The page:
- The Washington Times - Sunday, January 30, 2005

Almost bursting at the seams with new technologies, U.S. businesses are more able than ever to deliver a good product, on time and at a reasonable price — in a competitive world market that quickly rewards merit and punishes fault.

And where is our government in this race for excellence? It is a hindrance — unable to keep up but too clumsy and stubborn to get out of the way.

Judged by marketplace standards, government has a faulty business plan and a product line with too many items. Most don’t work properly. All are grossly overpriced. Some are given away or sold at deep discounts to favored customers.

All told, however, our government is the world’s largest enterprise and, based on past performance, has an almost unlimited potential for growth.

As chief executive officer of “Government Inc.,” the president is fully in charge of military and foreign affairs. But most power over other operations resides in a highly activist outside board of directors made up of 535 members of Congress. Because of their tireless efforts and dedication, the federal government’s annual revenues from “operations” now equal to the combined revenues of the top 15 Fortune 500 companies.

Government Inc. is by far the largest consumer and the largest employer in the world. Through a combination of taxes and debt, it annually takes control of and spends 36 percent of our total gross domestic product (GDP). State and local governments soak up another 9 percent, leaving for the private sector’s discretion only about 55 percent of the total goods and services produced in America each year.

Out of that remainder, however, Americans must spend another 5 percent to 10 percent of GDP in dealing with government at all levels — federal, state and local. Businesses, in particular, must spend enormous sums trying to influence the multitude of decisions made each day by governments — decisions that can affect them in powerful ways, such as providing an advantage over competitors or putting them out of business. Frequently, government is also their biggest customer.

As government spends or causes to be spent at least 60 cents out of every dollar, politics and what is euphemistically called the “government affairs” business are among our high-growth industries. For those who know how, manipulating government is often more lucrative than manufacturing a product.

The mark of a successful member of Congress who continually gets re-elected and moves up to a leadership position is to sponsor more legislation, to enact more laws and to promise more “benefits” to more “customers” — especially at discount prices. (Government is the only enterprise that prospers by simultaneously increasing expenses and cutting prices.)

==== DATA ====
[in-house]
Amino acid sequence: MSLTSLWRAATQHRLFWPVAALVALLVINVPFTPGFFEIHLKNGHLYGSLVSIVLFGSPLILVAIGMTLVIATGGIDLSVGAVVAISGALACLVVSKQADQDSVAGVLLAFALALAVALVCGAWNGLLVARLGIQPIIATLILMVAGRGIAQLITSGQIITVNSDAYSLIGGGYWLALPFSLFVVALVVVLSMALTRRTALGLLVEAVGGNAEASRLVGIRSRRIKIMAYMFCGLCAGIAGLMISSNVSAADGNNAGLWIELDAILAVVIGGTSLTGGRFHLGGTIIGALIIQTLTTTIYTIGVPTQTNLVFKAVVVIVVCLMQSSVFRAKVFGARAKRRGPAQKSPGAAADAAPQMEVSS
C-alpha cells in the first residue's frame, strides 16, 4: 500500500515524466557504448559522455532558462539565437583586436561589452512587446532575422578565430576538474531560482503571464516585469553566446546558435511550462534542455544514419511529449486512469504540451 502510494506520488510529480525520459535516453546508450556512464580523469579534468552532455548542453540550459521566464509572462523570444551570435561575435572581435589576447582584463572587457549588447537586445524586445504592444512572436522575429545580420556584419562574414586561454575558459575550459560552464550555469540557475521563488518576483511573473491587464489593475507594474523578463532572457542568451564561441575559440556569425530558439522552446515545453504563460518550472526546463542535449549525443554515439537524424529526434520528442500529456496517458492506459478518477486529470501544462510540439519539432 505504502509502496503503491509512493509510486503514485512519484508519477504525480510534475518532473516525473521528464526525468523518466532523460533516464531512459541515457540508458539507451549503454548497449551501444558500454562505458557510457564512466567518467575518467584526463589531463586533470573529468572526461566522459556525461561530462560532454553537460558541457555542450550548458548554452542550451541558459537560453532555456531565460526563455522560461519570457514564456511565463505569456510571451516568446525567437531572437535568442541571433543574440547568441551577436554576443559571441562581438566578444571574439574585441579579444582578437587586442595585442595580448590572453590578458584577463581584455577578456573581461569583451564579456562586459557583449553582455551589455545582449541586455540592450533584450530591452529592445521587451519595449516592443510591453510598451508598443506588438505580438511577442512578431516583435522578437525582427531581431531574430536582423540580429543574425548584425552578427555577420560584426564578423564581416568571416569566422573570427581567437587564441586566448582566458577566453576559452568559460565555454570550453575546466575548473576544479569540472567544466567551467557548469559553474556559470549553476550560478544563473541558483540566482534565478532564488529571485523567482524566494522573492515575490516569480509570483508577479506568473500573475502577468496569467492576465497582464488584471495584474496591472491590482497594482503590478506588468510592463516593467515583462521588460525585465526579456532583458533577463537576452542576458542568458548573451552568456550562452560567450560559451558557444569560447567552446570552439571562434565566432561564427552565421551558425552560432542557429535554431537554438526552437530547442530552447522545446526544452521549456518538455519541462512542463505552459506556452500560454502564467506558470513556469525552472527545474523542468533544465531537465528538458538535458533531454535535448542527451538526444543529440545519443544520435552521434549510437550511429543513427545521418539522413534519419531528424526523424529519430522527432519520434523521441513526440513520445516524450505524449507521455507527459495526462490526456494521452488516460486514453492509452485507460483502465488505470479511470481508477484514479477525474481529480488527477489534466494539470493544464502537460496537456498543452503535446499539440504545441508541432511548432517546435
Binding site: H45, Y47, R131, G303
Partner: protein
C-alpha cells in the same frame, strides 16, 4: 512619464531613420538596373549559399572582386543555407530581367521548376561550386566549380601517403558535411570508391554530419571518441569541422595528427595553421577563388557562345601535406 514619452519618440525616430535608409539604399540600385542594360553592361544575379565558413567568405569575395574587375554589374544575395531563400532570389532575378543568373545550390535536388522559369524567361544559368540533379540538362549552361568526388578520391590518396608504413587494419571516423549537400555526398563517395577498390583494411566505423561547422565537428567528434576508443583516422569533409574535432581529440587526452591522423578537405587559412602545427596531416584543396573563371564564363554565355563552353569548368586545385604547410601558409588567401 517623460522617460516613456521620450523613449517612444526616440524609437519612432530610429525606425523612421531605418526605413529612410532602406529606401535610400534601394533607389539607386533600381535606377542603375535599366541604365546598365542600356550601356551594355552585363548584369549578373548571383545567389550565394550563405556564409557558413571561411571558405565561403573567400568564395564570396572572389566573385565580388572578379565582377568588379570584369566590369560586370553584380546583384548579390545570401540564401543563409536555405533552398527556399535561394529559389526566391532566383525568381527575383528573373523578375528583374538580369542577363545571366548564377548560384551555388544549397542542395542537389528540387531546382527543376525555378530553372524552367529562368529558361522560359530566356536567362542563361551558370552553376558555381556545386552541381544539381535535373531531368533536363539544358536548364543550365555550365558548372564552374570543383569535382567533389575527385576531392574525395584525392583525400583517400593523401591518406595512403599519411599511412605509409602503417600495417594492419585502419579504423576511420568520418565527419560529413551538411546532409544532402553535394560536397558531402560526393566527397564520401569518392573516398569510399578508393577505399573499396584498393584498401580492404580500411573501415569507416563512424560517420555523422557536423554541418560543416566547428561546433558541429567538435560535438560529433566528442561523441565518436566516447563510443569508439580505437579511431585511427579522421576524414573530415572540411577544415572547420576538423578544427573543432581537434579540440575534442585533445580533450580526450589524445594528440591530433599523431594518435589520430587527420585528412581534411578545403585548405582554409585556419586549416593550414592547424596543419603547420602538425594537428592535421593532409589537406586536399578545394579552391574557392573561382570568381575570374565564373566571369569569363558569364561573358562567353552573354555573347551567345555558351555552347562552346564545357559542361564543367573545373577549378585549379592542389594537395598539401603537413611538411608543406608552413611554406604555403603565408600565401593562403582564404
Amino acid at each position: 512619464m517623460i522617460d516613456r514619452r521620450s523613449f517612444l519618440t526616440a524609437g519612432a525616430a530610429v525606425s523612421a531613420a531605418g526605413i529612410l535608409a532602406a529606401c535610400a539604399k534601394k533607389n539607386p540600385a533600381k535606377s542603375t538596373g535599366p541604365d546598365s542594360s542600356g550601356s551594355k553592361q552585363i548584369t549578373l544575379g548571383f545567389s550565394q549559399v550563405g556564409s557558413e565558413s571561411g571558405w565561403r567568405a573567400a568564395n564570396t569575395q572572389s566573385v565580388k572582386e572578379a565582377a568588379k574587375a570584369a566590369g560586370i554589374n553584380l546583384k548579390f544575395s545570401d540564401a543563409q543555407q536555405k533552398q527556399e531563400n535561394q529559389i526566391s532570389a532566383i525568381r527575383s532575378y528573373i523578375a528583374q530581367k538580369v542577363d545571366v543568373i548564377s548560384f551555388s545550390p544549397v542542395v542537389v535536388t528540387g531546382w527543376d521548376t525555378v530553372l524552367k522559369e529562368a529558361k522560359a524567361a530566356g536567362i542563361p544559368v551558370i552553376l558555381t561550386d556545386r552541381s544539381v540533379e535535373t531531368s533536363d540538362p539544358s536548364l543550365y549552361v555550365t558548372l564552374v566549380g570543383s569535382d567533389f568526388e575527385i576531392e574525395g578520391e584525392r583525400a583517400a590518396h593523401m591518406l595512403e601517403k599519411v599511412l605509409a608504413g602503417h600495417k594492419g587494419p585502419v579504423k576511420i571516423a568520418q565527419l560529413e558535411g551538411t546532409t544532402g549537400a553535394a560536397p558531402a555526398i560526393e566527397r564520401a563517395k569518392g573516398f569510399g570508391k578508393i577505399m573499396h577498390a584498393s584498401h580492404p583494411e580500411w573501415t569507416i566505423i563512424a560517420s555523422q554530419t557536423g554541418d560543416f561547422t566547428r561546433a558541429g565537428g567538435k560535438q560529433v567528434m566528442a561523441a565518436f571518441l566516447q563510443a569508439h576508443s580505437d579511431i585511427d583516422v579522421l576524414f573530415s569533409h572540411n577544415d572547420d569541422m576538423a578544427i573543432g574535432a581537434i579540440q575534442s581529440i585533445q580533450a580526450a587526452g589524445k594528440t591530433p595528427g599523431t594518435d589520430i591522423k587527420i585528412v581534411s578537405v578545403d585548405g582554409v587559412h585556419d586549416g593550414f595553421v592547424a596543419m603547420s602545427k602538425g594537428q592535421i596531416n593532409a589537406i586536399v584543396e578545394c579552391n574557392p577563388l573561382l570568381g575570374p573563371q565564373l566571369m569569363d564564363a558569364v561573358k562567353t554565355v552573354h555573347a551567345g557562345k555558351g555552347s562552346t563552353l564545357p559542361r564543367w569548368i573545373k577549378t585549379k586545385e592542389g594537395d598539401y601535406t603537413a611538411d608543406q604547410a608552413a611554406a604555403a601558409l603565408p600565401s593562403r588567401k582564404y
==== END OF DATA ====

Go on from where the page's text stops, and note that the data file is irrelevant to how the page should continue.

The key to this seemingly magic formula is Congress’ ability to treat Americans unequally — most particularly to tax some Americans far more heavily than others and, conversely, to spend more money on some Americans than others.

Rampant discrimination is also the modus operandi of the vast web of rules and regulations by which government — from the county zoning board to the Congress — sticks its tentacles into every nook and cranny of our personal and business affairs. Regulations ostensibly designed to protect Americans from tainted food, bad drugs, environmental damage, unsafe workplaces, urban sprawl and almost everything else, all follow the same discriminatory pattern: a broad general rule followed by a continually growing list of exceptions (and exceptions to the exceptions) that reward the favored and punish the disfavored. The ability to grant special dispensations and indulgences — whether regulatory or tax — is the largest source of power for Government Inc.

Tax reform and Social Security reform are both about economic growth — the one about eliminating tax rules that unduly impede growth, and the other, through private accounts, about allowing more Americans to participate in the benefits of a growing economy. The issue is whether the entrenched management of Government Inc. will give up some of its power and perquisites in the best interests of the shareholders. Will the members of Congress cede to tax reform a large portion of the regulatory (and political) power they now exercise through the tax code? In the case of Social Security reform, will they be willing today to pay the price for preserving the enterprise for future generations of shareholders?

Ernest S. Christian is a Washington lawyer and former Treasury tax official who is director of the Center For Strategic Tax Reform.

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